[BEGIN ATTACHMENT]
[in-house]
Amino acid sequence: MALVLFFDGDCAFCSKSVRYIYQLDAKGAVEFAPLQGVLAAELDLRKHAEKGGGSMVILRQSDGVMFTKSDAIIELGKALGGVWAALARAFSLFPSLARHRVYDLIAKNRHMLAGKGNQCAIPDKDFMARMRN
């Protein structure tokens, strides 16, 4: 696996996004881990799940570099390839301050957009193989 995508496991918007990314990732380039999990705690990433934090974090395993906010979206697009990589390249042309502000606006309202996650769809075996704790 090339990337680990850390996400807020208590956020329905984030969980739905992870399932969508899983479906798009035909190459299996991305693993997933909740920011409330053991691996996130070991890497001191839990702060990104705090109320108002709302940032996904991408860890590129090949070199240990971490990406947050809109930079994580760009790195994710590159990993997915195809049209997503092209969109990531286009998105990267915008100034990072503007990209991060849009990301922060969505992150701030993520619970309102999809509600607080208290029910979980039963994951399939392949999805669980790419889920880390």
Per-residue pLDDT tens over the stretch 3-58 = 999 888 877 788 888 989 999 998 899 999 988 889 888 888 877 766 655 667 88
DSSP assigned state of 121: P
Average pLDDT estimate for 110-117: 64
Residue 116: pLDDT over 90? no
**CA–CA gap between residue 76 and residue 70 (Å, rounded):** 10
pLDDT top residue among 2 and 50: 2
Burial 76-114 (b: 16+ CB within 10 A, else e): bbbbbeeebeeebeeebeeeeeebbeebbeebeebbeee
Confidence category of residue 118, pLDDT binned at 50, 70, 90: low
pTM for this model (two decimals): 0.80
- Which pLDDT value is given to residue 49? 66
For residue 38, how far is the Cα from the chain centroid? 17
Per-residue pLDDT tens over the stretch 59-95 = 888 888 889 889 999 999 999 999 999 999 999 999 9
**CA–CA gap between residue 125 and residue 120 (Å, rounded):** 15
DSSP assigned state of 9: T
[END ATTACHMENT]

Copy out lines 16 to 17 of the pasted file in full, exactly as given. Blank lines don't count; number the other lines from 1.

**CA–CA gap between residue 125 and residue 120 (Å, rounded):** 15
DSSP assigned state of 9: T